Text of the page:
ABSTRACT: A pulse pressure above 60 mmHg in hypertensive subjects is an independent cardiovascular risk factor. There are few data on pulse pressure in sub-Saharan Africa. The aim of this study was to describe the pulse pressure in black Africans with arterial hypertension.
A 10-year study was carried out on 640 hypertensive sub-Saharan African subjects at the outpatient department of the Abidjan Heart Institute. The primary endpoint was to determine the prevalence of a high pulse pressure, the correlation between pulse pressure and cardiovascular risk factors, the impact of pulse pressure on target organs, and the variation in pulse pressure while on treatment during follow up. Evaluations were made at the start of the study, and in the first, third, sixth and twelfth months of follow up. The mean age was 56.2 years and 56% were female.
The prevalence of a high pulse pressure in our patients was 60% at the start of the study. The factors contributing to a high pulse pressure were age over 50 years (75.3 vs 24.7%, p < 0001), gender (60 vs 40%, p = 0.02), and diabetes (76.7 vs 23.3%, p = 0.0006). Smoking, obesity and dyslipidaemia were not related to an elevation in pulse pressure. The control of pulse pressure was poor during monitoring. Only 17.8% of patients had their pulse pressure lowered below 60 mmHg between the first and fifth consultations. A high pulse pressure was a predictor of future myocardial complications but few target organs were significantly affected. Dual therapy with a diuretic was more effective in controlling the pulse pressure, with a reduction rate of 22% during follow up (19.2 mmHg), against a rate reduction of 11% (8.4 mmHg) in patients without a dual diuretic.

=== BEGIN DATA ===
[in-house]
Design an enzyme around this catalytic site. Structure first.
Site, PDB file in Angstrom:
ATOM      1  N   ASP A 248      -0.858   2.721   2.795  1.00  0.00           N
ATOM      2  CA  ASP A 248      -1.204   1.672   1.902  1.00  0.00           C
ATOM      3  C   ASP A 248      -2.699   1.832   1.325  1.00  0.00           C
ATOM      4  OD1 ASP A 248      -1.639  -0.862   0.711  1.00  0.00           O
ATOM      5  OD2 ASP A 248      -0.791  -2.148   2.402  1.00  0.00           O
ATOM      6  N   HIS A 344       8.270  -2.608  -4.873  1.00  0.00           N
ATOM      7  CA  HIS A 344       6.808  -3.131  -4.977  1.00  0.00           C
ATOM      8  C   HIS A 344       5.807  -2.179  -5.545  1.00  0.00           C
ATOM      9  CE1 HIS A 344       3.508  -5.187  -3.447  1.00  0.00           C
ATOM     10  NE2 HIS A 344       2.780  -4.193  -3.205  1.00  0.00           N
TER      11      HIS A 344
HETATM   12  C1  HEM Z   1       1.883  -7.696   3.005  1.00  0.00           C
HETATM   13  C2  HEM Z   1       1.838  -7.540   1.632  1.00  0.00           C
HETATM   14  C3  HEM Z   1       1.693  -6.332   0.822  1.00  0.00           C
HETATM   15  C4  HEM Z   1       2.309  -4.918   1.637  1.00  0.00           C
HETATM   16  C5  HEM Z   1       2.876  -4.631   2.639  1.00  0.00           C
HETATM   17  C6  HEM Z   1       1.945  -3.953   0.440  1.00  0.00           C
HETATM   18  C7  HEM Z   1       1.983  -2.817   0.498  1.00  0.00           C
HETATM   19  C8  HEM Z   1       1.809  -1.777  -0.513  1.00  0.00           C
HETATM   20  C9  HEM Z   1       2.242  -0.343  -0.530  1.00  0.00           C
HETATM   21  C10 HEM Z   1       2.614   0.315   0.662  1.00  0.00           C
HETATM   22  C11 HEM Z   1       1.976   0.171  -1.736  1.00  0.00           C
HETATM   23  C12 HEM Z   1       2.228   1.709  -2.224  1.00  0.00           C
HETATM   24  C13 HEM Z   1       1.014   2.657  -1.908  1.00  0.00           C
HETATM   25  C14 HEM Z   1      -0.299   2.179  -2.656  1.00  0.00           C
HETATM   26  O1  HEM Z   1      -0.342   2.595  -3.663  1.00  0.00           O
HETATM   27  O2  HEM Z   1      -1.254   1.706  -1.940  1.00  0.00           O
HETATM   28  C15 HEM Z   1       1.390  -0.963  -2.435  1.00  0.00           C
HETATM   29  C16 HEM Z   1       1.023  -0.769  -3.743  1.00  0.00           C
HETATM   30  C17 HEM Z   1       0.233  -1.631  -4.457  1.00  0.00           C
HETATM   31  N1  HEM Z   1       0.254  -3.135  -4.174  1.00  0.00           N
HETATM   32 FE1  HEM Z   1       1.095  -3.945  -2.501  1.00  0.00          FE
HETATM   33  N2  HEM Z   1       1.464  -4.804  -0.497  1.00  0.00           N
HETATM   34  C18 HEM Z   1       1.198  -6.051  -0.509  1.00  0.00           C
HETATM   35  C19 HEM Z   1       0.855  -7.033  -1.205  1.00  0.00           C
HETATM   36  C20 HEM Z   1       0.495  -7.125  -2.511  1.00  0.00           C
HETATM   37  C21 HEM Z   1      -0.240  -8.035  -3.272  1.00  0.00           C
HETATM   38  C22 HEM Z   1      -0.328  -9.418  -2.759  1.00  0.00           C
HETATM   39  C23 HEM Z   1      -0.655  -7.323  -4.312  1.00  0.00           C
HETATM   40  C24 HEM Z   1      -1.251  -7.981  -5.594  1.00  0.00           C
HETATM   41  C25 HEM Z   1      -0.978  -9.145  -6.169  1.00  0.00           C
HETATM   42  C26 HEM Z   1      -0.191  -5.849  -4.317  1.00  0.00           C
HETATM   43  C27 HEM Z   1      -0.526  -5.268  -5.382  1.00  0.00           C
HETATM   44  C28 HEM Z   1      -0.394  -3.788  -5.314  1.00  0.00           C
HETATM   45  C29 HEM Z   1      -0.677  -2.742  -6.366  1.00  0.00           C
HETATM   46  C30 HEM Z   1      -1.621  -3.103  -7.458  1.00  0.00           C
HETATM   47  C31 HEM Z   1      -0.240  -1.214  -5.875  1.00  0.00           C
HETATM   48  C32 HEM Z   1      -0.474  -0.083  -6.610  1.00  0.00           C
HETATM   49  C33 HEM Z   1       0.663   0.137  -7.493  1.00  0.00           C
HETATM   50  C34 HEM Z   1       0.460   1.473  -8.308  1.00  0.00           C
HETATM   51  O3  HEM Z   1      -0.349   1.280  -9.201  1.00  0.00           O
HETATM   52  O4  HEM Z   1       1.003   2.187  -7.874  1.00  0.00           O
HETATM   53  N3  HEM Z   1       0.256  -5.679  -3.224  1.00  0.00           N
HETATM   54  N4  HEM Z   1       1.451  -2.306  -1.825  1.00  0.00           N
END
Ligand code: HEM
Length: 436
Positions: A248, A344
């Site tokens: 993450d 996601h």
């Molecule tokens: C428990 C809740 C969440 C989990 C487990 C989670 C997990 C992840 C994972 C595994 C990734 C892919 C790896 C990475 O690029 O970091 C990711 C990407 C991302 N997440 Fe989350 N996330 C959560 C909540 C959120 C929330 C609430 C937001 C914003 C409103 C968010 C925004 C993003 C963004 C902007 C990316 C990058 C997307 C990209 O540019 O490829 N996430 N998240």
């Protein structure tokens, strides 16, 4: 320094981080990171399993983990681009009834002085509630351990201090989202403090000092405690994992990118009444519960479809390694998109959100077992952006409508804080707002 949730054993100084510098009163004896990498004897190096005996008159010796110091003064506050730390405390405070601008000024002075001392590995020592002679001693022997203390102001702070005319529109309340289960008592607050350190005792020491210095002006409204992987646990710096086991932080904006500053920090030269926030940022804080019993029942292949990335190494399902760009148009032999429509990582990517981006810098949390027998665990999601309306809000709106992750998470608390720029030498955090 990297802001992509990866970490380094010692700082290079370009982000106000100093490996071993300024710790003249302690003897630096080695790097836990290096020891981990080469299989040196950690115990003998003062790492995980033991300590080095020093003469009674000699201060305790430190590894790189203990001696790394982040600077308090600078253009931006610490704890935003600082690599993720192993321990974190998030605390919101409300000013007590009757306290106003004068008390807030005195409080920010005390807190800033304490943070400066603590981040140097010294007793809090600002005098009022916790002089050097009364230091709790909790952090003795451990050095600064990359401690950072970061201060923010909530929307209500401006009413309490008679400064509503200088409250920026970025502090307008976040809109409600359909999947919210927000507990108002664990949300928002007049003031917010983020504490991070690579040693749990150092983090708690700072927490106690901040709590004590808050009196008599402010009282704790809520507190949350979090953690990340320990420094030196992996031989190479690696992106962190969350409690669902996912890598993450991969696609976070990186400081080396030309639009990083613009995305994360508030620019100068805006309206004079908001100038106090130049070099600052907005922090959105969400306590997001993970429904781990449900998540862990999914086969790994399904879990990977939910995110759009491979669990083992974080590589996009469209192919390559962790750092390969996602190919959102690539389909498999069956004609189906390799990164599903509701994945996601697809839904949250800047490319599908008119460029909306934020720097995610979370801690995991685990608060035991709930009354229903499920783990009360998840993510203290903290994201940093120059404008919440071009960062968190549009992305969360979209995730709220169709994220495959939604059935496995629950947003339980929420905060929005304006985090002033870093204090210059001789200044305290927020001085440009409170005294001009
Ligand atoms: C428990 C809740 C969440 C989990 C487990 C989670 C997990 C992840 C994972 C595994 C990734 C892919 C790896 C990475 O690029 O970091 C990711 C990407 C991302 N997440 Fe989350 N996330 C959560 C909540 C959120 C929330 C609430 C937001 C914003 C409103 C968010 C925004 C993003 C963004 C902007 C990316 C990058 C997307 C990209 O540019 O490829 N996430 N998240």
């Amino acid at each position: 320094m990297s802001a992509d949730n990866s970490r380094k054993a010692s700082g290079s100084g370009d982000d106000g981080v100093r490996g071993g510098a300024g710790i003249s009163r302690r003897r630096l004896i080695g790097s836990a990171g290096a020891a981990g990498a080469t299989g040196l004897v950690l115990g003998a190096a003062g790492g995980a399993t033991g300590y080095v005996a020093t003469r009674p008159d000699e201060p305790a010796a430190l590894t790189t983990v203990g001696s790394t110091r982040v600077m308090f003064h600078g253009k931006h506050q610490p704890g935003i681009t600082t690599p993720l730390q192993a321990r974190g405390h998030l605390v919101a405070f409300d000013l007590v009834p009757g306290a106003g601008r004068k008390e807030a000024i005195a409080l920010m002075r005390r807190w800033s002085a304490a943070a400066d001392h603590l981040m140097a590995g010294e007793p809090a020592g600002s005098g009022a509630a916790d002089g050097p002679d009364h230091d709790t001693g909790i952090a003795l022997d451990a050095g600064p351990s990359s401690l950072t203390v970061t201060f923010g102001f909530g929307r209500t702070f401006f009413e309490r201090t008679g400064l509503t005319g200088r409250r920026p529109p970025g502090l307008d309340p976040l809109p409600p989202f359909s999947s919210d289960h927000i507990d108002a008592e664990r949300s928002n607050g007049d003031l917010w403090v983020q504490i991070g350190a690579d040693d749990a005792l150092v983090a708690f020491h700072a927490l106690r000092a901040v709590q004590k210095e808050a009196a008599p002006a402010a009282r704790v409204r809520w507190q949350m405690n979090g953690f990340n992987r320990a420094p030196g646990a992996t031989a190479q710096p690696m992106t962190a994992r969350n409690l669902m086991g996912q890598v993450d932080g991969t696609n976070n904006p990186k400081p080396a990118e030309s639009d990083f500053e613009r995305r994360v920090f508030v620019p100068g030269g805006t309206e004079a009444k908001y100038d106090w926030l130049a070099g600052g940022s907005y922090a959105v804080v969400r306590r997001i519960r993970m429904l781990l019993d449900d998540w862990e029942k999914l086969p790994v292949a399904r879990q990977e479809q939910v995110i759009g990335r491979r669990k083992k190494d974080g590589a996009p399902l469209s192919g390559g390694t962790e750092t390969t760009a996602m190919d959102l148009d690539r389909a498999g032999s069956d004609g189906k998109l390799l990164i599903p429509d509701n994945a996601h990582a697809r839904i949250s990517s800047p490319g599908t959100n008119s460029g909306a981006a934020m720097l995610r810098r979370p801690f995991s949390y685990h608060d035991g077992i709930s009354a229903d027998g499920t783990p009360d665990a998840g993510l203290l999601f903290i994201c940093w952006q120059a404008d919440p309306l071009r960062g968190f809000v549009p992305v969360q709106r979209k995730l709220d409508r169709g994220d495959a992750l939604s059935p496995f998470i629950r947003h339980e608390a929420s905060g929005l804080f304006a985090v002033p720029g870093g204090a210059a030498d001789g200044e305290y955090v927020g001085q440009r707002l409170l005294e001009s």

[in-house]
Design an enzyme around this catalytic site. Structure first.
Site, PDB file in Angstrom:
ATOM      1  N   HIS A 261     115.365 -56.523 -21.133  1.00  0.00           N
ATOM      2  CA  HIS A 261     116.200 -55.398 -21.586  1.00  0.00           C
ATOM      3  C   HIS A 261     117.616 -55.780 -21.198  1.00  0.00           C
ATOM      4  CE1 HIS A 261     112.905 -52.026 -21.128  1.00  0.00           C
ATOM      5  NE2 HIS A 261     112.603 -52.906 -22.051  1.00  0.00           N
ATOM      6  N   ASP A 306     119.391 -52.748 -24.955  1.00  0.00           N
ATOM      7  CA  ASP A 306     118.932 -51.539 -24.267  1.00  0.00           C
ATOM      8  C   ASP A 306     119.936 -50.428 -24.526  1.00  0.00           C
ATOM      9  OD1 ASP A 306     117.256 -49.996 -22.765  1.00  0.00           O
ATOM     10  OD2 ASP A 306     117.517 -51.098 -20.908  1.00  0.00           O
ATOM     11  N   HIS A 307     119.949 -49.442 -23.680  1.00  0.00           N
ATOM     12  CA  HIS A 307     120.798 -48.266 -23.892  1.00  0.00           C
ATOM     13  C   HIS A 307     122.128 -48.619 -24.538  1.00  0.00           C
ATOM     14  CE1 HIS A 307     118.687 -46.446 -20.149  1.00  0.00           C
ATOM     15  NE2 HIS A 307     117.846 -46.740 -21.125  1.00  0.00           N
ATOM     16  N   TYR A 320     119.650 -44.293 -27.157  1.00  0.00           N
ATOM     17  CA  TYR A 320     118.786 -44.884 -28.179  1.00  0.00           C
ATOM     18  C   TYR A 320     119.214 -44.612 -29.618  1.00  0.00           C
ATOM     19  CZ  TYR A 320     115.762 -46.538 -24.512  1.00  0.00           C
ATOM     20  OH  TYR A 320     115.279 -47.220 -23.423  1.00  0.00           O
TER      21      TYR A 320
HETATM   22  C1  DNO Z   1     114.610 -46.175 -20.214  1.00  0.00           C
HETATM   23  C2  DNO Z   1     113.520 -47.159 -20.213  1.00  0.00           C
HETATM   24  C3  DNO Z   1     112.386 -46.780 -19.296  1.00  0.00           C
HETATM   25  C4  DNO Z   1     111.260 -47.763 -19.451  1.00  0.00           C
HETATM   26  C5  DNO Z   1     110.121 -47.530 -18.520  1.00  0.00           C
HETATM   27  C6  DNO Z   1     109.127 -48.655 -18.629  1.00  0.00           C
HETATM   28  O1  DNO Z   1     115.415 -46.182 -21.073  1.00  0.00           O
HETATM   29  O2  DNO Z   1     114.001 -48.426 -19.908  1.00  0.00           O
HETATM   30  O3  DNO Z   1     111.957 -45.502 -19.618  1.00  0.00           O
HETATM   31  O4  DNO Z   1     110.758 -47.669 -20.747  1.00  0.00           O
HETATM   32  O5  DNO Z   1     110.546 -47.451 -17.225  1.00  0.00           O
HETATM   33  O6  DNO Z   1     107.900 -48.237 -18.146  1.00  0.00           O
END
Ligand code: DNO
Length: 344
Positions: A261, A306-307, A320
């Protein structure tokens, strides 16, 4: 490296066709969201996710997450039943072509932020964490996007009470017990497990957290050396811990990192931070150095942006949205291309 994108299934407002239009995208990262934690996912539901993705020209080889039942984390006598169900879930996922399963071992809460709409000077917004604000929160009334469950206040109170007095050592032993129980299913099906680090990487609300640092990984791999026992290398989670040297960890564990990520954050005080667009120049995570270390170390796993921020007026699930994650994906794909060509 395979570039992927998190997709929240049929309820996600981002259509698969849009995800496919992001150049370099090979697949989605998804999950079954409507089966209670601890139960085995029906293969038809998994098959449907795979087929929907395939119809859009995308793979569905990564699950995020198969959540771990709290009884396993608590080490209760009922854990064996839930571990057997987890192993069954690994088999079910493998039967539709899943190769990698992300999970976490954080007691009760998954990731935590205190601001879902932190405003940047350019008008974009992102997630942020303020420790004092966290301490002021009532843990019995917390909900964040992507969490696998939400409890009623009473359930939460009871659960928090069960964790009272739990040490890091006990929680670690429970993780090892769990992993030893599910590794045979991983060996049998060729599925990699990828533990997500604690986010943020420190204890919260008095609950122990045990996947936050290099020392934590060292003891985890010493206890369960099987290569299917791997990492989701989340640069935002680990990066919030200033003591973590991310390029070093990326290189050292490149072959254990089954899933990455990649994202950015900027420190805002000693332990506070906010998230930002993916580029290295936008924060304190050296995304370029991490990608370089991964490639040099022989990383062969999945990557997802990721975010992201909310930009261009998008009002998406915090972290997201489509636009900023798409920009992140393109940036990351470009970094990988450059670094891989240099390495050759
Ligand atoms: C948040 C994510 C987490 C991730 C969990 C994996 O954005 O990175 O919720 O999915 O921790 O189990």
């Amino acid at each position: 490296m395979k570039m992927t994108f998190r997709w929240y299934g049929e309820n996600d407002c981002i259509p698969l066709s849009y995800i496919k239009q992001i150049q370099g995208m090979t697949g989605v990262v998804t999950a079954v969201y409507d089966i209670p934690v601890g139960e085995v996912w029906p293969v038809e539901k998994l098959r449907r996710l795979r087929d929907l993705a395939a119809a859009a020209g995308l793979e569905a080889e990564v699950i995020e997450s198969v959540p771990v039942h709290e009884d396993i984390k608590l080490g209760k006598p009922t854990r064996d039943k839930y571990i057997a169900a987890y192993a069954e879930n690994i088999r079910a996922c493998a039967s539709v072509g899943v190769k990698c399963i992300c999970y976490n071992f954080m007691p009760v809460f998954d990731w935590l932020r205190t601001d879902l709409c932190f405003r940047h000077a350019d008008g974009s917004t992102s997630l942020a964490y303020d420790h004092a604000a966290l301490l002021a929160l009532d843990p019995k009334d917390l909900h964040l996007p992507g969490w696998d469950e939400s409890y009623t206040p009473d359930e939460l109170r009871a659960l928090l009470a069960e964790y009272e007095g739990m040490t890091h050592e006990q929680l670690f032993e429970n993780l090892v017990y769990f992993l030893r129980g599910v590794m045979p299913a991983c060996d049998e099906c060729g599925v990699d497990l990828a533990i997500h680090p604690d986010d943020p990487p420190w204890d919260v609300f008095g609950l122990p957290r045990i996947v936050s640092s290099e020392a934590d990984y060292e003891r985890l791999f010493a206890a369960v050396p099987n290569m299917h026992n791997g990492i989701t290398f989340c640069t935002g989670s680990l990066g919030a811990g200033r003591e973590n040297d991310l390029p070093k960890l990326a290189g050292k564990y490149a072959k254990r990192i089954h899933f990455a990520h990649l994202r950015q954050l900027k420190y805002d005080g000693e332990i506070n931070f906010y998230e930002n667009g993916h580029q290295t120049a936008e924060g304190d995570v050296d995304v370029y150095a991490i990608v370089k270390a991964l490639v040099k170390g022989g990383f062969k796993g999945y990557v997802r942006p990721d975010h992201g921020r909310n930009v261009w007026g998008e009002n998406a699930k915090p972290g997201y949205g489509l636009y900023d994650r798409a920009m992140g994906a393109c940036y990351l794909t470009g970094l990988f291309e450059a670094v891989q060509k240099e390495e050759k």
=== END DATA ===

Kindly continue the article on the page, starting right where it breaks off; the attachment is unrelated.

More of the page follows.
The prevalence of pulse pressure above 60 mmHg was higher in hypertensive black Africans. Their control was poor, but dual therapy with a diuretic was more effective. Myocardial consequences were significant.
Cardiovascular journal of Africa 01/2012; 23(1):e1-6. · 0.77 Impact Factor